As a coaching staff, it is our responsibility to accept fault for every failure and give away the credit for every success. It is much easier to point fingers than it is to look in the mirror. Players are not responsible for the schedule. They are not responsible for recruiting their teammates. They are not responsible for the practice plan. They are not responsible for the organizational structure of the team.
Our shoulders carry this burden and do every thing in our power to set our team up for success. It is not the team’s fault if we schedule a team that we aren’t capable of beating. It is not the team’s fault if we don’t recruit talented players into the program. It is not the team’s fault if we don’t plan or execute a good practice. It is not their problem if they are allowed to consistently make the same mistakes. Granted, there are a lot of things that are in the players’ control and outside of our control. However, we can hold players accountable for those things and help them learn how to make good decisions on and off the court.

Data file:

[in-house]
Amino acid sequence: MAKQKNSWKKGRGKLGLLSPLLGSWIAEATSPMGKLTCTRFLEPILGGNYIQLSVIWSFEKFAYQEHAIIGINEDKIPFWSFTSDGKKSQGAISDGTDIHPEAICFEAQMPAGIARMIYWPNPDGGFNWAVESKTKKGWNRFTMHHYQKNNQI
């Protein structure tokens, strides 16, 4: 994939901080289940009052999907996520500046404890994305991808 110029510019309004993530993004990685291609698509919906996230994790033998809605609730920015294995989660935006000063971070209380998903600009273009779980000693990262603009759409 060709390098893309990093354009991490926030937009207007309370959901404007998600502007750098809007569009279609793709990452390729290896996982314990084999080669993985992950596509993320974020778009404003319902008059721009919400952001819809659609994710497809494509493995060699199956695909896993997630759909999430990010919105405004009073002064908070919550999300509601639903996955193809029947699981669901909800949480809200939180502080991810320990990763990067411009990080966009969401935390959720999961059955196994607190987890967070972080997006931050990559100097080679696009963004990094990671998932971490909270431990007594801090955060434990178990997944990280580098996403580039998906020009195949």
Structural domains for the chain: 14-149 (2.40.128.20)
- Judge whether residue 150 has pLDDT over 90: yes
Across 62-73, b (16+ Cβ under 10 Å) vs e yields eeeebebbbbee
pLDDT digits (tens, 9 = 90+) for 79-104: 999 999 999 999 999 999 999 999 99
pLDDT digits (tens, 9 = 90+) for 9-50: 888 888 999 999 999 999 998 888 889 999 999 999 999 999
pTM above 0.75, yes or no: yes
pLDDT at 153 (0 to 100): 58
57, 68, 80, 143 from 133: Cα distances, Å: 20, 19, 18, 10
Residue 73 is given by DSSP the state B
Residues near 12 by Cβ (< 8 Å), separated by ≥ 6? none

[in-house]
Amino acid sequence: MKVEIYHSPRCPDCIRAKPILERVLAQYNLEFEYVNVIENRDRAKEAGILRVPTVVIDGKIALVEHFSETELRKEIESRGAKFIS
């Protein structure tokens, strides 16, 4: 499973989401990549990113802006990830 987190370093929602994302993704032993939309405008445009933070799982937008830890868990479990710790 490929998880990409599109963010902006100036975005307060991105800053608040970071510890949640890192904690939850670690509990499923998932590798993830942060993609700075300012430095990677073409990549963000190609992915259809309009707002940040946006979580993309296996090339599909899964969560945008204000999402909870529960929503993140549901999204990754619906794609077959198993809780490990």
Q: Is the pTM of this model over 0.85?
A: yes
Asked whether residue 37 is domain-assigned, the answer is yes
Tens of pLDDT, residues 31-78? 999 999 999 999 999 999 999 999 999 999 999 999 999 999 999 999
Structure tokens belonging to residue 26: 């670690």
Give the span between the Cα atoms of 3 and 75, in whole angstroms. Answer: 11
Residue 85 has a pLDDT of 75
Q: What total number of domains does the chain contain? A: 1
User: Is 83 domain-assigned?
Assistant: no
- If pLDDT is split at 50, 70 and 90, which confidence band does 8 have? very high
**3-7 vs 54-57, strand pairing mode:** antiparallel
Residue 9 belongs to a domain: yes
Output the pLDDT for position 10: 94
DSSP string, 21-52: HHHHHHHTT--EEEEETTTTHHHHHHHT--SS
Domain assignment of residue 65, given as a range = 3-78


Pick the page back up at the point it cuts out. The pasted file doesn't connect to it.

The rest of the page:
I will never score a point or grab a rebound from the bench. I will never shut down the opponent’s leading scorer or rotate over and take a charge. However, I can surely make a bad substitution or call a time out at the wrong time. I can definitely fail to change defenses or call a certain play. I can certainly say the wrong things at halftime or recruit a bad apple that can spoil the team. I can choose to tolerate a lack of effort or execution. I firmly believe players win games, and coaches lose games, not some of them — all of them.
“It is amazing what can be accomplished when no one cares who gets the credit.”